Wednesday,
June 9, 2021

Market recap

Dow Jones

34,599.82

-30.42 (-0.09%)

S&P 500

4,227.26

+0.74 (+0.02%)

Nasdaq

13,924.91

+43.19 (+0.31%)

Ford

$15.63

-$0.25 (-1.57%)

Stitch Fix

$66.10

+$8.16 (+14.08%)

Johnson & Johnson

$163.39

-$1.45 (-0.88%)

Amid evolving news surrounding COVID-19 and the economic reopening, your financial needs are our top priority. For more information,click here.

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Top Story

Ford Bets on Tiny Pickup Trucks

Maverick is the Cheapest in Ford’s Lineup

Ford (F) is betting that bigger is not always better with the launch of a smaller pickup truck. The company unveiled the Maverick on Tuesday, which is roughly the size of a compact SUV and has a price tag starting at $19,995. This is much lower than the cost of the current crop of pickup trucks on the market. It will also be the cheapest Ford vehicle in its US lineup when it hits showroom floors this fall.

Ford’s move is a departure for an industry known for churning out bigger and pricier pickup trucks over the years. The vehicle manufacturer is going after individuals who like the idea of having a flatbed but don't have the space or the budget to purchase one of its current pickups.

Ford Eyes Entry-Level Buyers

With the launch of the Maverick, Ford is trying to broaden its product lineup to entry-level consumers. The Dearborn, Michigan-based company stopped producing the Fiesta and Focus models a few years back, eliminating two choices for vehicles priced at $20,000. That freed up Ford to focus on higher-margin SUVs, pickup trucks, and electric vehicles. At the same time, it also shut out budget buyers.

With the Maverick, Ford is hoping to win those buyers back. When the Maverick launches in the fall it will face direct competition only from Hyundai Motors’ (HYMTF) Santa Cruz, which debuts this summer. The Korean car maker also thinks there is a market for buyers who want the ability to move gear and heavy equipment but also be able to easily shuttle around in the suburbs or city.

Compact Pickups Lost Their Luster

Compact pickups are popular outside the US, but in America consumers love their trucks super-sized. Tiny pickup trucks did have their days in the spotlight back in the 1990s, but an era of cheap gas and low interest rates shifted buyers’ taste to larger trucks. Most vehicle manufacturers, including Ford, phased out their compact trucks as a result.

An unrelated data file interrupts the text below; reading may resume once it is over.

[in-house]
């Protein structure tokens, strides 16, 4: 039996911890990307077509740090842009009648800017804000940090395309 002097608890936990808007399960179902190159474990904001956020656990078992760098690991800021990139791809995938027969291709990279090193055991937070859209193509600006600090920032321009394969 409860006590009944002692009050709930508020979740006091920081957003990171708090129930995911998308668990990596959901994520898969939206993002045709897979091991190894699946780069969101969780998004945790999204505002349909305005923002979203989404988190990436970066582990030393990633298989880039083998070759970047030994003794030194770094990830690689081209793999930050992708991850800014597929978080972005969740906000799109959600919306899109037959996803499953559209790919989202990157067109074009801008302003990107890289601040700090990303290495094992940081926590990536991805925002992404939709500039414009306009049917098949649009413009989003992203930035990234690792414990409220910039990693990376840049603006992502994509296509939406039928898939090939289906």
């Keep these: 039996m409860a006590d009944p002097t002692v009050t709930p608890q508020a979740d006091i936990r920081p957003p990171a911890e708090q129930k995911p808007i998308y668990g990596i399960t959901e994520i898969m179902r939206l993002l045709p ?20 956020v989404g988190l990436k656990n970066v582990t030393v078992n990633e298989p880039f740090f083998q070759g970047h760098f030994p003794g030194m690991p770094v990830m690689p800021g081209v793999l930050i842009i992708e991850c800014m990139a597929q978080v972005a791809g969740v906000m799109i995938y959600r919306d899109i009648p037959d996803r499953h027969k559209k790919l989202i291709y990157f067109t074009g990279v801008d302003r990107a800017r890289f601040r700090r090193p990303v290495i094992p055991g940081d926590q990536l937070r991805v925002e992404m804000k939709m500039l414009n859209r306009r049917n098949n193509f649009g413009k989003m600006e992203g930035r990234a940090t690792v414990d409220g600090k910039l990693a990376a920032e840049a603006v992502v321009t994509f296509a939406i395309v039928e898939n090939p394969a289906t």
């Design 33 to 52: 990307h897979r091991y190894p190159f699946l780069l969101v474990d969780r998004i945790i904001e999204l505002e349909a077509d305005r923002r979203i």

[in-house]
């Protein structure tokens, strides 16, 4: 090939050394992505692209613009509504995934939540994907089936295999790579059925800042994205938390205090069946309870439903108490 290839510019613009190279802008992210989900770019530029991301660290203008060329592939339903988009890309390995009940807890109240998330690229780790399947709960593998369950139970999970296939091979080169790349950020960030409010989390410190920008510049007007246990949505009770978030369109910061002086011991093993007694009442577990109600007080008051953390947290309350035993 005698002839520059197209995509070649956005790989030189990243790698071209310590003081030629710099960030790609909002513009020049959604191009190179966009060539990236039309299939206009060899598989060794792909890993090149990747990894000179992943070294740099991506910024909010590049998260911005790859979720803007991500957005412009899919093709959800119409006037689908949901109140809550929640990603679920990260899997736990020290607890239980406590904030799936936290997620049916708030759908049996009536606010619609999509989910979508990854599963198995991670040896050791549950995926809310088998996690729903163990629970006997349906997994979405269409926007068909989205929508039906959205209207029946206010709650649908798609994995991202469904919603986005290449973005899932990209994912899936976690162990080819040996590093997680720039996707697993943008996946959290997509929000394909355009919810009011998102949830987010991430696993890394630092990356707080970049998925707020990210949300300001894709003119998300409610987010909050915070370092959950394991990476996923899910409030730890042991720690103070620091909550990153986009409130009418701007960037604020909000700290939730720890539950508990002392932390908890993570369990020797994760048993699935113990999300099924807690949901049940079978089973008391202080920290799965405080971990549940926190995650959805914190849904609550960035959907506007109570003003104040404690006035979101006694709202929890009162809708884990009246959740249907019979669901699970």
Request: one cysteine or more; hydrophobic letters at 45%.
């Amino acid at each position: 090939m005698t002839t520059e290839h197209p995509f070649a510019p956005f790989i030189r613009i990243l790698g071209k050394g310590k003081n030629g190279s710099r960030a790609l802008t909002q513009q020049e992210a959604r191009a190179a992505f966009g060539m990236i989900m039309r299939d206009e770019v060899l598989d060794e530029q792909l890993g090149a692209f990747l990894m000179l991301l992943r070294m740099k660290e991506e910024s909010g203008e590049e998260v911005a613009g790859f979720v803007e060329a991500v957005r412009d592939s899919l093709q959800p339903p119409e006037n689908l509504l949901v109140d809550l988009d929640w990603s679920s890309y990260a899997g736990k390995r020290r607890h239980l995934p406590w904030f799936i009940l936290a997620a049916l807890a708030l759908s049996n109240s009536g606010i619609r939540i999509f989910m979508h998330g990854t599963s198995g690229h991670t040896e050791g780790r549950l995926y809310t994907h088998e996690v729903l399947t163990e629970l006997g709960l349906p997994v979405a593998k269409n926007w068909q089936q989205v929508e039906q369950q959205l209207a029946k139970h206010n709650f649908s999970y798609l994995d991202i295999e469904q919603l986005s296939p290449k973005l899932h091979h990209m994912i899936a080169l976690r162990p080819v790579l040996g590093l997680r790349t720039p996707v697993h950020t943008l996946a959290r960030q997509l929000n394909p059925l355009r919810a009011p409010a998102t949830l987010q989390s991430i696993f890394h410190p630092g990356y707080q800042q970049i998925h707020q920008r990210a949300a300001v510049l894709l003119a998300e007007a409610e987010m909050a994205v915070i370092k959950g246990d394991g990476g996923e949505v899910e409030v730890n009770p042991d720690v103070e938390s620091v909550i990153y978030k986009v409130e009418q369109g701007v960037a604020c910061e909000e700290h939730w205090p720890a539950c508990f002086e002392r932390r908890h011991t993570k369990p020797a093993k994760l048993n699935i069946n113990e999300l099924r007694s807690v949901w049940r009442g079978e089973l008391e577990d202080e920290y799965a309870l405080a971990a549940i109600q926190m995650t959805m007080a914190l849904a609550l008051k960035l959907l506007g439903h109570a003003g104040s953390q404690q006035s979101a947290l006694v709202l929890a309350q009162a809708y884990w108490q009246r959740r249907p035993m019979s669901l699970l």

In recent years, Ford has been making big bets that have paid off. Its exit from the cheap vehicle market freed the company up to pour resources into trucks, SUVs, and EVs, increasing sales and improving margins. The vehicle maker is making another bold bet with the Maverick. It will be interesting to see if Ford is right and how rivals respond.

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Miners Attempt to Capitalize on Green Movement

Mining’s Role in Clean Energy

Anglo American (NGLOY) and Glencore (GLNCY) are among the mining companies attempting to capitalize on the green investment movement, positioning themselves as key players in the clean energy space. To that end, these companies and others are highlighting their production of materials used in everything from wind turbines to batteries and sidestepping the environmental impact of their operations.

As the world moves away from fossil fuels, mining companies want to be a major part of the transition. The shift does in fact present a big opportunity. Mining for the materials needed for clean energy is expected to increase rapidly in the coming years. Lithium used for batteries is one example. Demand for that chemical element is expected to grow 30% by 2030.

Investor Backlash

The mining firms are trying to send the message to investors that they are not like their oil-producing counterparts. Oil companies are facing pressure from investors who want to address concerns over global warming. For example, ExxonMobil (XOM) just lost three seats on its board to an activist investor group focused on pushing the oil giant toward cleaner energy.

The mining industry has flown under the radar to some extent, but risks a similar fate. Mining for the materials used in clean energy leaves behind a big environmental footprint. The industry consumes a lot of traditional energy and relies on toxic chemicals. Additionally, waste has to be stored in huge dams. The miners involved in coal are among the biggest global warming offenders.

ESG Matters

Glencore, which has big thermal coal operations, has been touting its copper production to investors. Copper is needed for electric vehicles and is expected to see a big pickup in demand. The company plans to exit coal production but notes this may take decades to happen.